Sunday, November 17, 2013

Lending pressure, rising NPAs may impact banks’ ratings

I E ;Surabhi : Wed Nov 13 2013, 01:50 hrs

The dual problems of lending more to boost demand and deteriorating asset quality of public sector banks seem to be putting severe pressure on their capital adequacy ratio, which, in turn, could impact their credit ratings.

Already, in recent months, international rating agencies Fitch and Moody's have downgraded debt ratings of state-owned lenders including State Bank of India, Bank of Baroda and Punjab National Bank on concerns of credit quality and capital infusion. The finance ministry, however, has tried to explain away the rising gross non-performing assets (NPAs) of banks as a function of the economy. Similarly, it has allocated Rs 14,000 crore-odd to state-owned banks and has promised more funds this fiscal after it prodded them to lend more.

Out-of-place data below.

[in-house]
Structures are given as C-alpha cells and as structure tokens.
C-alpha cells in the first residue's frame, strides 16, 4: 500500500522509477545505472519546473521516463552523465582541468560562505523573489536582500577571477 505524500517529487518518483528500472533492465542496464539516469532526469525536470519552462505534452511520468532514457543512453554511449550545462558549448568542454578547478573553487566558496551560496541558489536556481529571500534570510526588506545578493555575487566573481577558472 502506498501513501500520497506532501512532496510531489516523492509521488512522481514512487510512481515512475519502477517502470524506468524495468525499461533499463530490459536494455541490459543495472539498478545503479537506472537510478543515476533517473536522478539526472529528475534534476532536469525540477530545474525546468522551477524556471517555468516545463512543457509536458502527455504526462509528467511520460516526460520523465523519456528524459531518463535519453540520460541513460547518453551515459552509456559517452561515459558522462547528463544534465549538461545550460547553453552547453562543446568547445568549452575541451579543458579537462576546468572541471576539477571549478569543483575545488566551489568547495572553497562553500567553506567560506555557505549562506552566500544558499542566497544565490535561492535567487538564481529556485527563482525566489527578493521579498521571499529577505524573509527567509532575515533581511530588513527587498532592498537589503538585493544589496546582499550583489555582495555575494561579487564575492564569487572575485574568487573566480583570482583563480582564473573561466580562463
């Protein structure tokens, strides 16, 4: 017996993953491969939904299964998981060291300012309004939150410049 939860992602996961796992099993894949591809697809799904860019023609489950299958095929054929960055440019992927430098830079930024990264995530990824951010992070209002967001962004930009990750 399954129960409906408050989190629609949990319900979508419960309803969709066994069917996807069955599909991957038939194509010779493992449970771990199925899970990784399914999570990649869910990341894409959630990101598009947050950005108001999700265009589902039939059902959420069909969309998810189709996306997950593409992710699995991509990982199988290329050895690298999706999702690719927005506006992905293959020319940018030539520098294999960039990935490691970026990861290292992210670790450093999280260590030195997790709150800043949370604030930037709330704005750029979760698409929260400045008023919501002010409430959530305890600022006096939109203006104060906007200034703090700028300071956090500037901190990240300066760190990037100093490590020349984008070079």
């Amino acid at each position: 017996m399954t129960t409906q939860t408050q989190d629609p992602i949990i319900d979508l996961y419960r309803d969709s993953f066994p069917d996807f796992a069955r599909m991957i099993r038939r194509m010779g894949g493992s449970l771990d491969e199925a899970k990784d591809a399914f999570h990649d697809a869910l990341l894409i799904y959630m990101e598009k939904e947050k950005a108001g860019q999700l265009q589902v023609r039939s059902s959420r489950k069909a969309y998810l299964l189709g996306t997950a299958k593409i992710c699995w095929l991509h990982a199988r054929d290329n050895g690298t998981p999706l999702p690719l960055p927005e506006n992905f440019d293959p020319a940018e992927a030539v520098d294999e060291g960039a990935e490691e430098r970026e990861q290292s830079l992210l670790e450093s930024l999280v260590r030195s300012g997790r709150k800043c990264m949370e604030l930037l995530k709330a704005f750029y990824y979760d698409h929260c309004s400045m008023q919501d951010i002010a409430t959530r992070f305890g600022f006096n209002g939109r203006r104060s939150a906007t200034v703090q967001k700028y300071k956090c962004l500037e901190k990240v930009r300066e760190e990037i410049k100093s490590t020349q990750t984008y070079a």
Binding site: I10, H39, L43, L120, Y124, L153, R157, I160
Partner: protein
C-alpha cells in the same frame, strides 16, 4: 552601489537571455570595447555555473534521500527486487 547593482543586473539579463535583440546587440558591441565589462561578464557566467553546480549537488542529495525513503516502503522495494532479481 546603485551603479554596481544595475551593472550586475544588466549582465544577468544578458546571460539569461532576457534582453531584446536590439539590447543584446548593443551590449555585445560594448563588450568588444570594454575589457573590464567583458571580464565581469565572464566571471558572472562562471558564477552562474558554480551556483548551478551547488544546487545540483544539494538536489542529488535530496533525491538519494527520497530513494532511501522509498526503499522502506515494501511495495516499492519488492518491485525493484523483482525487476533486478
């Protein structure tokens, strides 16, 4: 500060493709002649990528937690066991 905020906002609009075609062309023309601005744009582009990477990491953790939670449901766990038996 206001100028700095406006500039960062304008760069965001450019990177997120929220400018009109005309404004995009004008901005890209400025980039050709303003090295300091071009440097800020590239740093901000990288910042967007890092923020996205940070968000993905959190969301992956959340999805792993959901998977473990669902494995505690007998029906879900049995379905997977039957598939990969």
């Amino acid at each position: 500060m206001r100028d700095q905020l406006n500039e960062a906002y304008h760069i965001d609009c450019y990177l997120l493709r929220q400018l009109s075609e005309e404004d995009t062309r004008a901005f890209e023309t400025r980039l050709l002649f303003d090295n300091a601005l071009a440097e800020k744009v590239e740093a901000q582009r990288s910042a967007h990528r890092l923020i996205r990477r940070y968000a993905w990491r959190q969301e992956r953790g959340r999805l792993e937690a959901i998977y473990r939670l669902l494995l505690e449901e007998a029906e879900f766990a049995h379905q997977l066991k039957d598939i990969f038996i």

But the debate was re-opened on Tuesday when India Ratings warned that any dilution in the government's promise on capital infusion could have an impact on credit ratings of weak banks.

In particular, the ratings and research agency has pointed to cases of sharp deterioration in weak banks such as Central Bank of India and United Bank of India whose losses in the second quarter of the fiscal were close to 10 per cent of their equity with NPAs being the highest contributor.

With the fragile economic recovery, bad loans are likely to rise and for these two banks in particular the net NPA to equity ratio could remain especially high (82 per cent for United Bank and 46 per cent for Central Bank) despite equity infusion by the government.

Meanwhile, India Ratings has also highlighted the need to develop the market for hybrid capital instruments for banks and has called for regulatory clarifications. This, in turn, could help public sector banks raise more capital in case a mounting fiscal deficit puts brakes on the finance ministry's plans of further re-capitalisation of banks.

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